The 'broadcast mode' problem
Mark quotes Tom Abate:
The problem is that journalists think in “broadcast mode” and not in an interactive mode with their audience:
Mass Media as forums
Mark Glaser suggests:
If mass media are to survive I think they will have to become forums where professional journalists frame issues, stakeholders argue the nuances and policy makers surf the results and, one would hope, make better decisions.
Mark also looks at the mammoth State of the Media Report.
Charging aggregators is backward thinking
Reasoning that ‘News creators overestimate the value of their content online', Mark disagrees with Project on Excellence in Journalism, the creators of the State of the Media report when they propose that ‘the best online revenue model was to create content licensing consortiums (CLCs) which would charge ISPs and aggregators fees for content usage.
Look forward. The News aggregators are your friend. Don't follow your friends in Belgium.
Search is the new journalism
Greg Jarboe at Search Engine Watch (Via Mark, again) picked the best part of advice in the State Of Media report:
The press is no longer gatekeeper over what the public knows. Journalists have reacted relatively slowly. They are only now beginning to re-imagine their role. Their companies failed to see “search” as a kind of journalism.’”
I agree. On the net, your data is open for view for a global audience.
Over-importance of Digg
Mark says what I have been saying all this while about what is wrong about Digg:
Digg is democracy in action for an incredibly small segment of society, judging from the overwhelmingly tech-oriented content. It’s funny that the MSM is criticized so much for being ‘elitist.’ Digg also represents the priorities of a small privileged minority, even if the system is open to anyone.
How can journalists cope with the online onslaught?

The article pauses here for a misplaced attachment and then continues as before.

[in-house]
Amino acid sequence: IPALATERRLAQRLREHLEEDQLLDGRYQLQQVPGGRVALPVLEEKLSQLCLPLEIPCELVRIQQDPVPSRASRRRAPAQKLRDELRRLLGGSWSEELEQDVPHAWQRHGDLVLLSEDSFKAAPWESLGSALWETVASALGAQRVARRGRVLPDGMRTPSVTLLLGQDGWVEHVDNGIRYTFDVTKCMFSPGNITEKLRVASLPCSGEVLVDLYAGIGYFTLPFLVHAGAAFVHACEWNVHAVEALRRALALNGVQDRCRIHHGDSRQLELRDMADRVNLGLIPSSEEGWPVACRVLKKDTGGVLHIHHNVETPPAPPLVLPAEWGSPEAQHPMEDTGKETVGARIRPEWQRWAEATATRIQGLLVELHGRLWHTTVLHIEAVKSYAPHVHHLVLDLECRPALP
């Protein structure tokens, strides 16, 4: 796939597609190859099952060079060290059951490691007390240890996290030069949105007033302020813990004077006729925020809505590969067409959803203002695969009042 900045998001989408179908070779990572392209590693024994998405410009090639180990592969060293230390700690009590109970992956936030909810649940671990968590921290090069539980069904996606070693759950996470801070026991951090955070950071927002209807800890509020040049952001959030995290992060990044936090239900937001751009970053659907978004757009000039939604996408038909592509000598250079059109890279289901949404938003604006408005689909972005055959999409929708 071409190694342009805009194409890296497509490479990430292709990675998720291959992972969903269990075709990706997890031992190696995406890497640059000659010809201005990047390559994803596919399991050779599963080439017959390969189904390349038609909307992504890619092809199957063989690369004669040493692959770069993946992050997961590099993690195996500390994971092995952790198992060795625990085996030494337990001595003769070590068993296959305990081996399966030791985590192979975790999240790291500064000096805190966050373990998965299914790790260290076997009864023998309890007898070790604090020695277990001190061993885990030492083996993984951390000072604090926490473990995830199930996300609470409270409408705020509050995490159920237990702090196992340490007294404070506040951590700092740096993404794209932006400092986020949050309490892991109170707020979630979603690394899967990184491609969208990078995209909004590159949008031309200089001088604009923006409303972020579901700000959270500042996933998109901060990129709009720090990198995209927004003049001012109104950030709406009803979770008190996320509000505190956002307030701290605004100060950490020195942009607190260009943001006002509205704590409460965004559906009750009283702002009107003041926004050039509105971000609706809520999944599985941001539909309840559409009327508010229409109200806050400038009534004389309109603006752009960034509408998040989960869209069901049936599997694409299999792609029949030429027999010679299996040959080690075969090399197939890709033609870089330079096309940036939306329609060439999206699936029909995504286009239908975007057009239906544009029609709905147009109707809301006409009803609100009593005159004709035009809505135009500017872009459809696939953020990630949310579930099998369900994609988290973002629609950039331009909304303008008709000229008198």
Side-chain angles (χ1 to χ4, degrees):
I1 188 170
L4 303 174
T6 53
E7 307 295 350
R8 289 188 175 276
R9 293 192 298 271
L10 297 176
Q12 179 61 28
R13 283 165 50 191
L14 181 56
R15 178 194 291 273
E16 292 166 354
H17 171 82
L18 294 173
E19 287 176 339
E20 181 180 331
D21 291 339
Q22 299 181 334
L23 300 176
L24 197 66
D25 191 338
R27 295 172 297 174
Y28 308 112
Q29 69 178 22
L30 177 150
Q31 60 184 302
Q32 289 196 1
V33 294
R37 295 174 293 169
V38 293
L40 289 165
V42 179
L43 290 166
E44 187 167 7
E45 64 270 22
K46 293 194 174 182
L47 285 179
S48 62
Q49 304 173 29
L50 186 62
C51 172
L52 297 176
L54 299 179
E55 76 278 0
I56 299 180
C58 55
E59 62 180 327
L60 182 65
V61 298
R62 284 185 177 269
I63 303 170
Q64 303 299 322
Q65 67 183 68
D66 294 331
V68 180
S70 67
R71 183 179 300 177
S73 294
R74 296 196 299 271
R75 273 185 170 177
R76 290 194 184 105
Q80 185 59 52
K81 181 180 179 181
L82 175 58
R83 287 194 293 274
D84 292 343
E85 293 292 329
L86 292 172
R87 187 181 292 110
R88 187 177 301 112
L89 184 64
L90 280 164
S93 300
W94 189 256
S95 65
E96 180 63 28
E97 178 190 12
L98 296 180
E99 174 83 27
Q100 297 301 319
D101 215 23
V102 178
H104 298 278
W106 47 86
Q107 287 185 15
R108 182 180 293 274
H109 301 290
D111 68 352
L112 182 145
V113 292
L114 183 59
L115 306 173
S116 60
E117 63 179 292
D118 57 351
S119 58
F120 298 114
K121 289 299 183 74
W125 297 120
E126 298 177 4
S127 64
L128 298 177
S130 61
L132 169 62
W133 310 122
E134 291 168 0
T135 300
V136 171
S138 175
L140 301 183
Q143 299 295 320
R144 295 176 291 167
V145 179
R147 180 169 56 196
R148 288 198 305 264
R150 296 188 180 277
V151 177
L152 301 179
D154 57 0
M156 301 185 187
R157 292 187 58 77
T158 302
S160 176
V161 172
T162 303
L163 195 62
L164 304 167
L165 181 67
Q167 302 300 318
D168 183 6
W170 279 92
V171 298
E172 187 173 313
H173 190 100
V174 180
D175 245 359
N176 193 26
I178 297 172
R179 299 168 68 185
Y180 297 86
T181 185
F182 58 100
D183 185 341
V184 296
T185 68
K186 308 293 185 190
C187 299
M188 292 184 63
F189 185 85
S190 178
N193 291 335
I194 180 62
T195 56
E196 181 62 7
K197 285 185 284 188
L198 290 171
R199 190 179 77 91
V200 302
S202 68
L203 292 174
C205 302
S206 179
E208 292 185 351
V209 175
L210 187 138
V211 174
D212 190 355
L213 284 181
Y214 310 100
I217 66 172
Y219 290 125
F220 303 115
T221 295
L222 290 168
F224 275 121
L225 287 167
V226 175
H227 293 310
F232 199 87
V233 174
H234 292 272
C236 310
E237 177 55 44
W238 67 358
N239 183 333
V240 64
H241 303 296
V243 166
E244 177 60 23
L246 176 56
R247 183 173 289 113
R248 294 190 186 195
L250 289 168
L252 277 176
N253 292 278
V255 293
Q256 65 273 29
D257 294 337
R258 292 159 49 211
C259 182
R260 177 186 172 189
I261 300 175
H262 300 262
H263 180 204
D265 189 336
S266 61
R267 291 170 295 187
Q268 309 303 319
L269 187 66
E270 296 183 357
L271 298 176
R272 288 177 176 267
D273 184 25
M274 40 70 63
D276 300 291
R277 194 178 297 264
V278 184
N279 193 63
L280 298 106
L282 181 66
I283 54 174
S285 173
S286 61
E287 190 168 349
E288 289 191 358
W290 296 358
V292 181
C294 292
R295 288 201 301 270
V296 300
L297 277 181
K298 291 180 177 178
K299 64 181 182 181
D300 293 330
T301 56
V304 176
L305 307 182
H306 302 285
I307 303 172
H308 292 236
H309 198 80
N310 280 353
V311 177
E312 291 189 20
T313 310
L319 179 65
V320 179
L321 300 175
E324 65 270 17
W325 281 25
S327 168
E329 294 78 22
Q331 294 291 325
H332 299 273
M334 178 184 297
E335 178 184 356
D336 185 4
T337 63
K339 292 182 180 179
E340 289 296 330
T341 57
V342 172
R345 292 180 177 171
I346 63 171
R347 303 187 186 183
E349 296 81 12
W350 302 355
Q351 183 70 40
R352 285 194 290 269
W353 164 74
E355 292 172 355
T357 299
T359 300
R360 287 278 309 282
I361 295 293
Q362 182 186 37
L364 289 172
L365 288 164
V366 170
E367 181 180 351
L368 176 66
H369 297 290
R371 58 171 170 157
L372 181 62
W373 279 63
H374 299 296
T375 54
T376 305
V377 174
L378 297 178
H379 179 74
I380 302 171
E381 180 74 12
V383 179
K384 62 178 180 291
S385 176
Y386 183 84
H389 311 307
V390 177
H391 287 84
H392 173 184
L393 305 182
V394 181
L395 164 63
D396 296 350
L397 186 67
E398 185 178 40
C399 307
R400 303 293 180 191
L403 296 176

Learn it. Do it.
Mindy McAdams has a great post, where she advises Journalists to go out and start trying the new Web 2.0 tools.
The New Journalism 101
Larry Dignan has a four-point formula on what the modern Journalist should be taught:
1. Teach entrepreneurship (learning from Om Malik, Robert Scoble, Michael Arrington, Jason Calacanis, Nick Denton, Raft Ali)
2. Embed online tools throughout the curriculum (blogs, podcasts, forums, etc.)
3. Get real pros to teach you: ( the likes of Rob Curley must also come into teaching)
4. Remember the basics: because, real reporting still matters.
Journalists have to keep in mind that as pressures on the papers mount, they will start slashing staff.
In fact, you should know that even the nascent blog networks/spam blog networks work on this price factor all the time. They are always on the lookout for the cheapest writer and editor.
It won't take long for newspapers to follow - in that case, your skills, adaptability and experience will come in use.
The quick and dirty shall win
Newspapers must adapt quickly, for according to the sage pf Omaha, Warren Buffet, they are going downwards on the south slope of Mount Everest):
What multiple should you for a company that earns $100 million per year whose earnings are falling by 5% per year rather than rising by 5% per year? Newspapers face the prospect of seeing their earnings erode indefinitely. It’s unlikely that at most papers, circulation or ad pages will be larger in five years than they are now. That’s even true in cities that are growing.
- at Hypergene, (thanks to Stowe Boyd)
Micropayments: in or out?
Tim O’ Reilly thinks Micropayments (supported by something like Google Checkout) are a way to go for Newspapers.
However, I think people still think micropayments are not use-friendly (too many clicks) and that user may only pay for stuff especially marked ‘Special’ – compilations, customized collection of favorite front pages and so on.
Publishers will have to be creative when they choose micropayments. Too much user-distraction at the moment.